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Sentencing and Corrections in the 21St Century : Setting the Stage for the Future

By Mackenzie, Doris Layton

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Book Id: WPLBN0000661249
Format Type: PDF eBook
File Size:
Reproduction Date: 2005

Title: Sentencing and Corrections in the 21St Century : Setting the Stage for the Future  
Author: Mackenzie, Doris Layton
Volume:
Language: English
Subject: Law., Law & economy, Litigation and arbitration
Collections: Law Library Collection
Historic
Publication Date:
Publisher: Department of Justice

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Mackenzie, D. L. (n.d.). Sentencing and Corrections in the 21St Century : Setting the Stage for the Future. Retrieved from http://www.worldebooklibrary.com/


Description
Legal Reference Publication

Excerpt
Excerpt: The past 30 years have seen enormous changes in the philosophy and practice of sentencing and corrections. The strong emphasis on rehabilitation that existed for the first seven decades of the 20th century gave way in the 1970s to a focus on faimess and justice, by which sentences reflected ?just deserts? rather than a utilitarian motive. Sentencing practices later moved toward a crime-control model that emphasized incarceration as a way to reduce crime in the community; this crime-control model became increasingly popular during the 1980s and 1990s. Discussion of sentencing and corrections in the 21 st century must begin with a review of these changes and their impact on the criminal justice system. The historical changes in sentencing and corrections policies and practices can be characterized, in part, by the emphasis on different goals. Four major goals are usually attributed to the sentencing process: retribution, rehabilitation, deterrence, and incapacitation. Retribution refers to just deserts: people who break the law deserve to be punished. The other three goals are utilitarian, emphasizing methods to protect the public. They differ, however, in the mechanism expected to provide public safety. Deterrence emphasizes the onerousness of punishment; offenders are deterred from committing crimes because of a rational calculation that the cost of punishment is too great. The punishment is so repugnant that neither the punished offender (specific deterrence) nor others (general deterrence) commit crimes in the future. lncapacitation deprives people of the capacity to commit crimes because they are physically detained in prison. Rehabilitation attempts to modify offenders behavior and thinking so they do not continue to commit crimes. Although sentences fiequently address several of these goals in practice, the emphasis on which goal is the highest priority has changed dramatically in the past 30 years.

Table of Contents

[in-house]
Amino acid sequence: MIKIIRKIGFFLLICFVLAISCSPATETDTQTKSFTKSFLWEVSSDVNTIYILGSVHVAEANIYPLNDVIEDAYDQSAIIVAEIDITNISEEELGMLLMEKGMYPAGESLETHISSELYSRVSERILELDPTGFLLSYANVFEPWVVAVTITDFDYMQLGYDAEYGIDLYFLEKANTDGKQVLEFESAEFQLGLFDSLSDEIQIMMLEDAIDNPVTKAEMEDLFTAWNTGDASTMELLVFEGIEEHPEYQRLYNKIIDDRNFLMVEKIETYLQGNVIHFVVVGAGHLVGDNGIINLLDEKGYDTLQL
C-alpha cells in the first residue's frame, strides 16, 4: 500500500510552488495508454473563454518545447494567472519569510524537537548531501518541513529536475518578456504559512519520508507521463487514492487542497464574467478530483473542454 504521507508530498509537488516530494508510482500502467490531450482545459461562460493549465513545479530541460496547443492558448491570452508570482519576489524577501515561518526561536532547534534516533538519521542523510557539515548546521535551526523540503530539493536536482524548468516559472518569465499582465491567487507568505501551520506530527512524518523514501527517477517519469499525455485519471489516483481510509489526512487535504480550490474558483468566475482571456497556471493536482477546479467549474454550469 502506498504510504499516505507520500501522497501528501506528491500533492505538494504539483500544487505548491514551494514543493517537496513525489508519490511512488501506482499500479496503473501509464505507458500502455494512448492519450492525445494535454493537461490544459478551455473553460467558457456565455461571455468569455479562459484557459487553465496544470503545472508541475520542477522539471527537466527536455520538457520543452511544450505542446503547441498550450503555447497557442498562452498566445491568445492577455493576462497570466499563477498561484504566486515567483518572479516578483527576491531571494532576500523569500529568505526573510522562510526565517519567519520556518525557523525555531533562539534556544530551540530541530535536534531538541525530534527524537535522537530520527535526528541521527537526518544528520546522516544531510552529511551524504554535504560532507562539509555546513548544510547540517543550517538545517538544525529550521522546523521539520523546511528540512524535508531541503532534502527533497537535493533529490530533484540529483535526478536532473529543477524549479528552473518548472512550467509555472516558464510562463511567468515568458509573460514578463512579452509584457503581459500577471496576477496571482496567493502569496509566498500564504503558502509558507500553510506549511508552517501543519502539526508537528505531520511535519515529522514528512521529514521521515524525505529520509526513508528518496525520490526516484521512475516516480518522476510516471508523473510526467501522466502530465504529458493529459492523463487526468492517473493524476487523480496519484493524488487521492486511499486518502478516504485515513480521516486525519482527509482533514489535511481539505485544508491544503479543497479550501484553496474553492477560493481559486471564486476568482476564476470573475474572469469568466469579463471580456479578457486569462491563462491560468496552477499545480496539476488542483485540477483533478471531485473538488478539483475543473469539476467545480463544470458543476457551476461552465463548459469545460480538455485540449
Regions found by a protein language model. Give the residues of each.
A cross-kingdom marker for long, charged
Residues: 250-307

Contents Growth of Correctional Populations ............................................... 1 Differences among States . . . . . . . . . . . . . . . . . . . . . . . . . . . . . . . . . . . . . . . . . . . . . . . . . . . . . . 3 Race. ethnicity. andgender . . . . . . . . . . . . . . . . . . . . . . . . . . . . . . . . . . . . . . . . . . . . . . . . . . . . . 3 Correctional expenditures . . . . . . . . . . . . . . . . . . . . . . . . . . . . . . . . . . . . . . . . . . . . . . . . . . . . . . 5 From Indeterminacy to Crime Control ............................................. 6 The age of indeterminate sentencing and rehabilitation . . . . . . . . . . . . . . . . . . . . . . . . . . . . . . . . . 6 . . . . . . . . . . . . . . . . . . . . . . . . . . . . . . . . . . . . . 9 Crime control: Incapacitation and deterrence . . . . . . . . . . . . . . . . . . . . . . . . . . . . . . . . . . . . . . . . 9 Atimeofchange:197&2000 . . . . . . . . . . . . . . . . . . . . . . . . . . . . . . . . . . . . . . . . . . . . . . . . . . 7 The justice model of sentencing and corrections Changes in Crime Rates ....................................................... 13 Factors Accounting for the Growth in the Incarceration Rate ......................... 14 Community supervision and revocations .......................................... 16 ImpactoftheChanges ........................................................ 17 Structured sentencing . . . . . . . . . . . . . . . . . . . . . . . . . . . . . . . . . . . . . . . . . . . . . . . . . . . . . . . . 17 Mandatory sentences . . . . . . . . . . . . . . . . . . . . . . . . . . . . . . . . . . . . . . . . . . . . . . . . . . . . . . . . 18 Three-strikes laws .......................................................... 19 Parolerelease . . . . . . . . . . . . . . . . . . . . . . . . . . . . . . . . . . . . . . . . . . . . . . . . . . . . . . . . . . . . . 19 prisoncrowding . . . . . . . . . . . . . . . . . . . . . . . . . . . . . . . . . . . . . . . . . . . . . . . . . . . . . . . . . . . . 20 Behavioral, cultural, and social changes impinging on corrections ....................... -21 Decisionmaking . . . . . . . . . . . . . . . . . . . . . . . . . . . . . . . . . . . . . . . . . . . . . . . . . . . . . . . . . . . . 20 Examining the Effectiveness of Different Strategies ................................ 21 Incapacitation and deterrence .................................................. 21 Controversy over costs ...................................................... 23 Intermediatesanctions . . . . . . . . . . . . . . . . . . . . . . . . . . . . . . . . . . . . . . . . . . . . . . . . . . . . . . . 24 Rehabilitation: What works in corrections? ........................................ 25 Intended and Unintended Consequences .......................................... 29

 

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